Most of us take it for granted that our salivary glands are hard at work all day long, but people with a condition that chronically causes dry mouth are constantly reminded of the moment-to-moment importance of saliva. Dry mouth sufferers feel thirsty all the time, and their abilities to taste, chew, swallow, digest, and prevent oral infections and cavities can be compromised. Dry mouth can be a symptom of a disease, a side effect of a medication, or simply a part of the aging process, and until now treatments have focused on symptom relief through the use of oral moisturizers. A new study found that supplementing with CoQ10 (coenzyme Q10) can improve salivary flow and dry mouth symptoms in women.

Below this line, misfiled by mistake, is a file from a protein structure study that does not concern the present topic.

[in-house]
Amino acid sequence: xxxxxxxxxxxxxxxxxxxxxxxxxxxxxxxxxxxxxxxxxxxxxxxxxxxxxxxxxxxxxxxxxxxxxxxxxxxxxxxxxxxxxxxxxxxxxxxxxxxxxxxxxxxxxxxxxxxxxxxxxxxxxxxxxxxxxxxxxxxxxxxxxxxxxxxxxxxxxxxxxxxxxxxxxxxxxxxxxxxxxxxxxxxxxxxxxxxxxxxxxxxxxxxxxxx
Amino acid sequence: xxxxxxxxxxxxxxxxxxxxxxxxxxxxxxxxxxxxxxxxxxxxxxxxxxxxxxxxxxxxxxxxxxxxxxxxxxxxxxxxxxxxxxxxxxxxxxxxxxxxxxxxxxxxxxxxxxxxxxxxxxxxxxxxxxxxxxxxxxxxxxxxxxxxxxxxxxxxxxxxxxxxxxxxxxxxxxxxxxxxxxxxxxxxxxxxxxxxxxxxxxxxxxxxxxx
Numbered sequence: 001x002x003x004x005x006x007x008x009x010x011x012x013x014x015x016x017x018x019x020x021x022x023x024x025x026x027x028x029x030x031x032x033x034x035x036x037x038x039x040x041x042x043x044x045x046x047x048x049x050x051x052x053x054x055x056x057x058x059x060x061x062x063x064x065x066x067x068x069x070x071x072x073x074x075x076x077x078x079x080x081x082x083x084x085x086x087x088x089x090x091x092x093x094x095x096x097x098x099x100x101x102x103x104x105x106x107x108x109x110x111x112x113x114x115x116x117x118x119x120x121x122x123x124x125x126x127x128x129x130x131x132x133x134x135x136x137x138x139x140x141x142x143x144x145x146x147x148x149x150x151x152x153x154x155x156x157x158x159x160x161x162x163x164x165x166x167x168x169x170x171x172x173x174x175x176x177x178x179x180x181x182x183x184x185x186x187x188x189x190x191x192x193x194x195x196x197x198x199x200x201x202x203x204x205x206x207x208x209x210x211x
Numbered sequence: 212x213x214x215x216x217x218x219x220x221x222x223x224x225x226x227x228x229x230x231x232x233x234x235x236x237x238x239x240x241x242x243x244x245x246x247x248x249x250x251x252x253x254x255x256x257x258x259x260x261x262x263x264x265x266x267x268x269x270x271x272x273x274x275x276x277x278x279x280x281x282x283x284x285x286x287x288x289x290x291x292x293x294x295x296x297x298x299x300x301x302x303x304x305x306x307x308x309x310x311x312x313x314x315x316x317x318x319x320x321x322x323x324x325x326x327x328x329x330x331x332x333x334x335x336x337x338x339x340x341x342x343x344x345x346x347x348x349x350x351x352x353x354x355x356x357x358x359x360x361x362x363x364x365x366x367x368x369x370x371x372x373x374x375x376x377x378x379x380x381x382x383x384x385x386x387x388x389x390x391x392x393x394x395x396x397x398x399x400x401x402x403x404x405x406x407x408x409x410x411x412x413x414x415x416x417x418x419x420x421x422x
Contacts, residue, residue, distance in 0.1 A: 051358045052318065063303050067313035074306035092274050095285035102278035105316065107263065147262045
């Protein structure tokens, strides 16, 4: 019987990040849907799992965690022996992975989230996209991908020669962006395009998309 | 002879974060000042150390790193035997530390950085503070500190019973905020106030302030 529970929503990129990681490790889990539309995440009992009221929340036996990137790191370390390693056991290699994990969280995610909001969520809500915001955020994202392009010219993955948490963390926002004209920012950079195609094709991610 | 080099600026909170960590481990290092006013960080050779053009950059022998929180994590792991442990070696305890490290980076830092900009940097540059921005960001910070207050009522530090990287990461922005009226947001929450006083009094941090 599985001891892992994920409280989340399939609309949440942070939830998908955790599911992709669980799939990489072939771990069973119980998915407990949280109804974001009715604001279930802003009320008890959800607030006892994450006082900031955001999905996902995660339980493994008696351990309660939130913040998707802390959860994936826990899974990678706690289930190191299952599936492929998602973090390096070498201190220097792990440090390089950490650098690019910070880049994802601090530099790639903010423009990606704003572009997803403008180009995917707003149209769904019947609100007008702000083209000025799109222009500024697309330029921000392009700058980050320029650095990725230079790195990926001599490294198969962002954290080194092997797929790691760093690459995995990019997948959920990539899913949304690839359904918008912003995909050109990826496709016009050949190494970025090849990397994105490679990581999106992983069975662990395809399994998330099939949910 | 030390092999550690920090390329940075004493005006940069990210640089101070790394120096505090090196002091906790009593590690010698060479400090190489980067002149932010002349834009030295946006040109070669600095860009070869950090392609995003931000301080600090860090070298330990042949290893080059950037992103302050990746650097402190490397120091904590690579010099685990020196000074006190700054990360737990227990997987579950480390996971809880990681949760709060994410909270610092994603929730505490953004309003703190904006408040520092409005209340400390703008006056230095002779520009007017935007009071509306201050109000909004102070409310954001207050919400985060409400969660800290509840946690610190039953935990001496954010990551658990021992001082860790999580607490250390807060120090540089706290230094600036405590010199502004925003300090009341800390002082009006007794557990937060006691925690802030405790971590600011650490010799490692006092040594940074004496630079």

The study, published in Clinical Biochemistry, included 31 women over 50 years old with dry mouth associated with an autoimmune disease called Sjogren's syndrome, and 35 healthy women over 50. The women were divided into three groups and underwent one month of treatment with either 100 mg of ubiquinol (the chemically reduced, rather than the oxidized, form of CoQ10), 100 mg of ubiquinone (oxidized CoQ10), or placebo. They filled out symptom questionnaires and salivary gland activity was assessed at the beginning and end of the trial.